The tower and wireless infrastructure industries are in a very good place, considering what’s going on nationally with the economy during the coronavirus pandemic, executives said Wednesday. However, supply chain challenges are among new problems, said experts during the virtual Wireless West “Tower Hour.”
APC Towers CEO Danny Agresta said the pandemic has changed his daily questions from: “Where’s the steel? Do we have a permit yet?” to, asking customers if they can access his company’s platforms so project milestones aren’t missed.
Agresta says his company keeps in touch with NATE about what’s going on with crews. Citing the association’s recent member survey, Agresta said: “It’s clear contractors have concerns” regarding travel, lodging, and food. “I don’t know if that will still be true in a month or three months from now.” He said: “We’ve heard rumblings there [are] supply chain problems.”
Now, APC is working through those issues by finding contractors who live relatively close to a site and don’t need to stay overnight. They may need to be able to easily travel there for 30 straight days, for example.
Vertical Bridge CEO and Cofounder Alex Gellman said there’s a slowdown in obtaining some permitting approvals. Federal permitting is online and virtual, so it’s not a problem, but state and county approvals have lagged in some areas, he noted. However, “if the light switch goes back on in most of the country by summer, I think we can all catch up.”
Agresta agreed, and said his company has figured out how to work with mobile notaries since it’s hard to find a notary public that’s open in a small market.
Beyond 2020, site activity should drive an increase in investment, Gellman predicts. Concerning carrier network spend, he believes the pendulum will swing back to macro towers in the coming years. He notes that macro, in-building and small cells all compete for limited carrier budgets. Macro towers “are clearly more efficient” to bridge the digital divide. As 5G becomes “more emergent” the spend will shift more towards small cells.
The carriers have no budget for in-building wireless deployment, according to Gellman. “Venues like casinos and stadiums really never penetrated to neutral host platforms and shared carrier space.” While there’s talk about landlords paying for deployment, he doubts that will happen. “This crisis shows they have significant pain,” he explained, adding that consumers will be less willing to go to stores in the future. Those decisions will affect real estate and slowdown that building sector.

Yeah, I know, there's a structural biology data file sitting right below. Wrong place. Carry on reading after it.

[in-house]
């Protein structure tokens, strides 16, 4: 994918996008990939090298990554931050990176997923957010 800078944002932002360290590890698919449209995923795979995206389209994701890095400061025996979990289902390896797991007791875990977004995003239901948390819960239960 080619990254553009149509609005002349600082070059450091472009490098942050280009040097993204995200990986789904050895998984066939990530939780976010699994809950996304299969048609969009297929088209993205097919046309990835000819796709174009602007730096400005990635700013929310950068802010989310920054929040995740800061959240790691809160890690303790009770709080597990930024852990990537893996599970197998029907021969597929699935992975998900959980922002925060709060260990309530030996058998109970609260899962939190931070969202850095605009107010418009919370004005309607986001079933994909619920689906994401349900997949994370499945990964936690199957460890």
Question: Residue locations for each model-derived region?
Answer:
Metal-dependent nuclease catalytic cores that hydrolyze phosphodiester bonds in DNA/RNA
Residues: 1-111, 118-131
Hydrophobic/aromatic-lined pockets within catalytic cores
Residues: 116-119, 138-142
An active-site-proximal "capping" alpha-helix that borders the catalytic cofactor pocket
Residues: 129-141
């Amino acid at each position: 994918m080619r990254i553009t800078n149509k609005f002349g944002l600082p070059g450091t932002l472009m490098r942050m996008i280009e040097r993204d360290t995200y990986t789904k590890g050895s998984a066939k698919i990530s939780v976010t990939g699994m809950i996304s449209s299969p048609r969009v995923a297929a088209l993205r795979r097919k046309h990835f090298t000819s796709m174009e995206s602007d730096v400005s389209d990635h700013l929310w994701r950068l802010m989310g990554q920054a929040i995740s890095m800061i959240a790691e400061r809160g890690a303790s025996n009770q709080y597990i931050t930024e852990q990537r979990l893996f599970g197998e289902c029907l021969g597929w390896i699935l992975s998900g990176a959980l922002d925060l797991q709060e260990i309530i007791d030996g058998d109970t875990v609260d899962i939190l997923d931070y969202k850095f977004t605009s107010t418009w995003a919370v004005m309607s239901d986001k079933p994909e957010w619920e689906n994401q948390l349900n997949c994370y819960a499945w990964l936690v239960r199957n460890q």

Where will spending increase? In wireless, he believes. Discussing the effects of the T-Mobile-Sprint merger, Gellman said T-Mobile is predominantly focused on wireless network deployment. “The merger will force AT&T and Verizon to spend more money on wireless than they otherwise would have,” he said.
Agresta sees another opportunity in macro builds from T-Mobile. That will put pressure on AT&T to keep up with their own new builds and co-locations, he said. Verizon meanwhile, “is sticking to their guns with small cells, building a bridge between the rural and urban divide.”
Figuring out where Dish builds stand after the merger is tricky, the executives agreed. They pointed out Dish agreed to certain buildout timelines to get the deal completed. Agresta said: “One vision is they won’t build macro towers, but will build 50,000 co-located sites. With their scale, they will deploy quickly.” Cautioning that he can’t predict the future, Agresta acknowledged he can see a scenario where supply chain issues slow that down.
“They have a timeline to meet. I don’t know if they’ll get [government] relief. We should be busy with them in 2020 and 2021,” Agresta said.
Gellman cited Dish’s MVNO agreement with T-Mobile and a commitment to cover populations by 2023. He doesn’t believe the FCC would grant Dish an extension for COVID-19. “I don’t think this will be that disruptive to their supply chain” when the deployment deadline is three years away, he said.
by Leslie Stimson, Inside Towers Washington Bureau Chief